Columbus teachers ended their week long strike accepting a new contract with the district, here's what it entails.
Since the district and teachers’ union failed to come to an agreement earlier this month, families in the metropolitan region of Columbus, Ohio expected to start the school year virtual. With teachers ready to picket, students were told to stay home, and do their schooling virtually. After a week-long strike, Columbus teachers and district heads came to an agreement striking a deal and sending children back into the classrooms for the first time this school year.
Students returned to their schools on Monday, August 29th after Columbus teachers ended their strike. For quite some time now, the teachers’ union had failed in bargaining negotiations with the district to better certain working conditions, decrease class sizes, and offer a well-rounded education in the arts. Finally agreeing to a district offer, the union tentatively accepted terms around 3 am on the morning of August 25th, here’s what they entailed.
According to reports from NBC4, the final session of negotiations lasted a strenuous 14 hours. The newly approved contract includes wage increases for Columbus teachers that are members of the local union, the Columbus Education Association, and paid parental leave. Also, it guaranteed working HVAC systems and placed a cap on class sizes for all grade levels.
Last spring, Columbus teachers had asked the district to offer union members an 8% salary increase each school year for the next three years. During the board’s August 18th meeting in which the district proposed its final offer that led to the strike, only a 1% increase was proposed, which eventually was boosted to 3%. Today, the two groups met in the middle and accepted a 4% annual raise.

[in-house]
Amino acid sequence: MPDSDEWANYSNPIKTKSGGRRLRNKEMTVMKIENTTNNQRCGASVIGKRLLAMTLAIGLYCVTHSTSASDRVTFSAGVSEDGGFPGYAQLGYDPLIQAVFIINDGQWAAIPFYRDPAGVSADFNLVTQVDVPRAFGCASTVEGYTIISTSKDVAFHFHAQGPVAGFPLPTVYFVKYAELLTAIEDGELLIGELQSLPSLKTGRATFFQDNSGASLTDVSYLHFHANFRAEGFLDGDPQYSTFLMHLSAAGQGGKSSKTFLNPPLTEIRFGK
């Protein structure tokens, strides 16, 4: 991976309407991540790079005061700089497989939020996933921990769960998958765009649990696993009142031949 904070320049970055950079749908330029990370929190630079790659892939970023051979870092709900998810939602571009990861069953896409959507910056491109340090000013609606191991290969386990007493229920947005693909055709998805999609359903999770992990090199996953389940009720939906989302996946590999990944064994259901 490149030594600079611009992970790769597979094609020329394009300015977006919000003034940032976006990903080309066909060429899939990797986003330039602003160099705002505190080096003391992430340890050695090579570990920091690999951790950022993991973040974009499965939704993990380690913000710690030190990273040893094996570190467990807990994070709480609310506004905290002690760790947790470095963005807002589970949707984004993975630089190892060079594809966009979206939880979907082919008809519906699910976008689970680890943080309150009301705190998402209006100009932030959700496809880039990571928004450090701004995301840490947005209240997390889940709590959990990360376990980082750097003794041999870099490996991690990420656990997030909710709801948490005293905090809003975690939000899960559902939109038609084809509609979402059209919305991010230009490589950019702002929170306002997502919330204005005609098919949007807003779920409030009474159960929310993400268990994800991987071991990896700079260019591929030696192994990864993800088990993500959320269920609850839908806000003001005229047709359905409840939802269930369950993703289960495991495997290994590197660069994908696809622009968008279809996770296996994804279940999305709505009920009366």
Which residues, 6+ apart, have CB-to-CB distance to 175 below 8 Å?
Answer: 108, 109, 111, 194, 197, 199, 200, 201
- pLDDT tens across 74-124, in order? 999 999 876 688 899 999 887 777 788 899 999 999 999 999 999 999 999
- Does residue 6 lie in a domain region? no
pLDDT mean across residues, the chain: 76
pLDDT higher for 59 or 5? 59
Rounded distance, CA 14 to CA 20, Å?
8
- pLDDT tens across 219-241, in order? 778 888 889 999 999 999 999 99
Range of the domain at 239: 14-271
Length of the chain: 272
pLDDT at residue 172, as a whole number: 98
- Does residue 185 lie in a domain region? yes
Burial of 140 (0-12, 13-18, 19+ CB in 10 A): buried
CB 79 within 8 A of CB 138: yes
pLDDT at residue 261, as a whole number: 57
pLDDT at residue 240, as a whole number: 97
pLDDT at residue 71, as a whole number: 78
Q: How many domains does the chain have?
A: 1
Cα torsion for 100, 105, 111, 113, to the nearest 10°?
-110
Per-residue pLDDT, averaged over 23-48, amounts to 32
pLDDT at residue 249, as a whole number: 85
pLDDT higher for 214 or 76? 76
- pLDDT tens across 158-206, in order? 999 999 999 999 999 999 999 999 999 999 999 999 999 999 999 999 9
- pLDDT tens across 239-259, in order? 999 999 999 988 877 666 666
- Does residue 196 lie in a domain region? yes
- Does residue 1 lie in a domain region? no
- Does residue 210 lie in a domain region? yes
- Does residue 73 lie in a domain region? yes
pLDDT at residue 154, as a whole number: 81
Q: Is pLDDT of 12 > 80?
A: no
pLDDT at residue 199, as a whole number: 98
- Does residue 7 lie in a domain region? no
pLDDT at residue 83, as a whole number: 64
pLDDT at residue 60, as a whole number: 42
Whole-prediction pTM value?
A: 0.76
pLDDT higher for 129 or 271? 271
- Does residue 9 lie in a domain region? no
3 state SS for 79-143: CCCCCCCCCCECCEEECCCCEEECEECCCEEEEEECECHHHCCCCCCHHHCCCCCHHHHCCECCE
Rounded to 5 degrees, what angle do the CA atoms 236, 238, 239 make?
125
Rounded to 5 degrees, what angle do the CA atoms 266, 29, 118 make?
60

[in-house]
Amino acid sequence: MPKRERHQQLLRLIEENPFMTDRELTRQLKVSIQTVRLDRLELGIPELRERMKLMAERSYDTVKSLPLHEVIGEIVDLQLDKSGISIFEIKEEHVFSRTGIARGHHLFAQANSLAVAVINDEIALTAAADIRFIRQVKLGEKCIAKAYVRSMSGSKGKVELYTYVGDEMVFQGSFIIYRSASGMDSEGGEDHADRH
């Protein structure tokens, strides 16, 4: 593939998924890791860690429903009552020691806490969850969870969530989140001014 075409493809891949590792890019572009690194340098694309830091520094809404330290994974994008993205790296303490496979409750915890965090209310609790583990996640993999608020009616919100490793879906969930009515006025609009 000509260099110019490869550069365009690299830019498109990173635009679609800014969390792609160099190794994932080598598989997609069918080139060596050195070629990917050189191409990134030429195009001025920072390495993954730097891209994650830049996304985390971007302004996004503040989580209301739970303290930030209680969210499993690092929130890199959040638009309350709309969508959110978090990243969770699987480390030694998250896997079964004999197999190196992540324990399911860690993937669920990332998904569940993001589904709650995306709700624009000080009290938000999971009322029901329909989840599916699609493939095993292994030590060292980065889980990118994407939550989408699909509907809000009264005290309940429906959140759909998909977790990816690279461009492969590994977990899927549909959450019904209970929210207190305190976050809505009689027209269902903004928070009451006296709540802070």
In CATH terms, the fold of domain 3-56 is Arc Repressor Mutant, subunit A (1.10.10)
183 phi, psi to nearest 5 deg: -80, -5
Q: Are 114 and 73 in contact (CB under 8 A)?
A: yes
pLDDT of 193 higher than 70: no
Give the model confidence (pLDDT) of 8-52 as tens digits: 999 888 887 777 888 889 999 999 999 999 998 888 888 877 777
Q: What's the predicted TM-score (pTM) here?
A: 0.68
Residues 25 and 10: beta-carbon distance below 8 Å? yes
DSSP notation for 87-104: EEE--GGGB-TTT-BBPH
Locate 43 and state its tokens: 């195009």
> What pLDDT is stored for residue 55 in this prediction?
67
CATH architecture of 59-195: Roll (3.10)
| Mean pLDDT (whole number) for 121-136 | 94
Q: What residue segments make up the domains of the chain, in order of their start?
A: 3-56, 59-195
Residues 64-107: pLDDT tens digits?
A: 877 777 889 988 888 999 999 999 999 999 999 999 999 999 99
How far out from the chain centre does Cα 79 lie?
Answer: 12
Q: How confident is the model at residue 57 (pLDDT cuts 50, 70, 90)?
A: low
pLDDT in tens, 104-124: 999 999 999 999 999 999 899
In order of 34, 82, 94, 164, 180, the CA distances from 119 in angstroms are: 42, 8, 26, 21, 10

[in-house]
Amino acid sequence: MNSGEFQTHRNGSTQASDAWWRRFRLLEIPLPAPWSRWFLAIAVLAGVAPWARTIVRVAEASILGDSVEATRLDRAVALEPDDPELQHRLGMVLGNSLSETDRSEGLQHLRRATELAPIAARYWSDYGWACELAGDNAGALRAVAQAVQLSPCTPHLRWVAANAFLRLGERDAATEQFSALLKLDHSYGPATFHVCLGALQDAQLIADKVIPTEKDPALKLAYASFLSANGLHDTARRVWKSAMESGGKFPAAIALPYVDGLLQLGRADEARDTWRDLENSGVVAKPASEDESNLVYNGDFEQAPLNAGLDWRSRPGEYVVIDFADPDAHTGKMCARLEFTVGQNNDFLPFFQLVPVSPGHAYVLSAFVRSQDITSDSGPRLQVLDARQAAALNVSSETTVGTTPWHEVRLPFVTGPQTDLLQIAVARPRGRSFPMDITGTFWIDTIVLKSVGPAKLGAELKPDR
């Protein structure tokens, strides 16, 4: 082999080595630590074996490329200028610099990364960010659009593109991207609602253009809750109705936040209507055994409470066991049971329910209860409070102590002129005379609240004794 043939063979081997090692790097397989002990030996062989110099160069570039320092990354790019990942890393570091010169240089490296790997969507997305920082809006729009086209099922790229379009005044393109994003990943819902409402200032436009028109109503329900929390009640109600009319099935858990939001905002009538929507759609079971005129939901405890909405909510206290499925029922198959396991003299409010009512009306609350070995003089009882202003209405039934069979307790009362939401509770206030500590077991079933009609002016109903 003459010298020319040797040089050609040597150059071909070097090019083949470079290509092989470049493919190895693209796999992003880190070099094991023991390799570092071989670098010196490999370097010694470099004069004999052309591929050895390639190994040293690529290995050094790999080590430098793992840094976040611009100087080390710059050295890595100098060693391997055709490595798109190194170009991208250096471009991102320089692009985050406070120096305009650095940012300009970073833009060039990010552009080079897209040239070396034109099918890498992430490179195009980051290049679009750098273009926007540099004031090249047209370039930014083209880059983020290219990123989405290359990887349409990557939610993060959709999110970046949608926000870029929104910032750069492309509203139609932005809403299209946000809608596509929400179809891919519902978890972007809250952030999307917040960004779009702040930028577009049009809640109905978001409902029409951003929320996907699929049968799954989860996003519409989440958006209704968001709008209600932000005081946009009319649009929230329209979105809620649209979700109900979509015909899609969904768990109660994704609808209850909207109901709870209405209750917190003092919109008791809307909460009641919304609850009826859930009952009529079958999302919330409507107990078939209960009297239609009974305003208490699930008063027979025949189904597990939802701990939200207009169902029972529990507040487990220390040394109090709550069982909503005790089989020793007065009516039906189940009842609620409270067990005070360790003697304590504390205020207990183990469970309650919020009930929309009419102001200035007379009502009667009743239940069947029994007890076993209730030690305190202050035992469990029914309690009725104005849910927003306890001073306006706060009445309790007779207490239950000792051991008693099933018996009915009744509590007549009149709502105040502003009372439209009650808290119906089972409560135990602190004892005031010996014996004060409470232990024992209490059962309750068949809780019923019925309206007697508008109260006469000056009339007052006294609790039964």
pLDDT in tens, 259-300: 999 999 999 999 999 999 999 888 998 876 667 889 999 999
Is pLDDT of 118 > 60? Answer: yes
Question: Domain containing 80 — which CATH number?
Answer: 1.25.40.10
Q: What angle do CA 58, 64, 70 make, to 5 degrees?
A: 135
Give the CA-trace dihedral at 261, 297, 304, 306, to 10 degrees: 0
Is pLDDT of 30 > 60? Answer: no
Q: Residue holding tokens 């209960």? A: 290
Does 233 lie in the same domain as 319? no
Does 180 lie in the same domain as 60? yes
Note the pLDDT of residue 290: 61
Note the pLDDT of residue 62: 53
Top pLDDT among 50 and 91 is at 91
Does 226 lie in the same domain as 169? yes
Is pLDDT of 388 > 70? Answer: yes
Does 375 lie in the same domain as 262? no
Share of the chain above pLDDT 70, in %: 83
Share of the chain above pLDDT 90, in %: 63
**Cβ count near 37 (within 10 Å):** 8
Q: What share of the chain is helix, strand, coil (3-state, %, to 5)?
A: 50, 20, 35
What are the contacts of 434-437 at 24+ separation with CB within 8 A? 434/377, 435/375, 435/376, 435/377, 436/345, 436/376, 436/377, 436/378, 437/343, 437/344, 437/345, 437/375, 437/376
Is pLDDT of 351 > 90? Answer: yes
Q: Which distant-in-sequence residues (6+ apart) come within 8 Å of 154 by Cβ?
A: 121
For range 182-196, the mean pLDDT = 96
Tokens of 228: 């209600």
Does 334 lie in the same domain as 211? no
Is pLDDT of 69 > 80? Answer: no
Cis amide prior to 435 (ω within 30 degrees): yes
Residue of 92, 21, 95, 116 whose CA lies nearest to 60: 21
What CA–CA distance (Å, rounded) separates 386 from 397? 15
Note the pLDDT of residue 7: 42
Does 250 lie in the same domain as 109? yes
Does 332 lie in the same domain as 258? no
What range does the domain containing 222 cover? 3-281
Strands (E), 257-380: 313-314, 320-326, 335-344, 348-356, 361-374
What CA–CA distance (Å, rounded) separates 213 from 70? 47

Campus climate was also on the table. Last year, many Columbus schools were forced to close because of extreme heat and no air conditioning in some school buildings. The Columbus teachers’ union demanded the district update HVAC systems for all schools. Originally, the board agreed to make “reasonable efforts” to address infrastructure concerns. Now, they have guaranteed that all school buildings will be climate controlled by the start of the 2025-2026 school year.
Columbus teachers also complained that class sizes were far too large, as they asked the district to place a cap on student capacity. The district initially offered a limit on elementary classrooms, saying they would now cap out at 27 students. Union members did not accept, as this failed to address the large classrooms at the middle and high school levels. In the new agreement, all grade levels received a max capacity.
Art, music, and physical education were addressed in the new contract as well. The union urged the district to hire more educators to fill these positions. In response, the district proposed a plan to make sure that these Columbus teachers would not be assigned to more than two buildings by the start of the 2023-2024 school year. This promise mainly stayed the same, except it goes into effect this school year.
Now that an agreement has been met, students and Columbus teachers are back in the classroom. “We are excited to get back to where we belong — our classrooms — doing what we do best: educating our students and shaping the future of our great city,” union spokeswoman Regina Fuentes said via CNN. Now that bargaining is dealt with, the district, union members, and families are hopeful for a smooth opening to a new school year.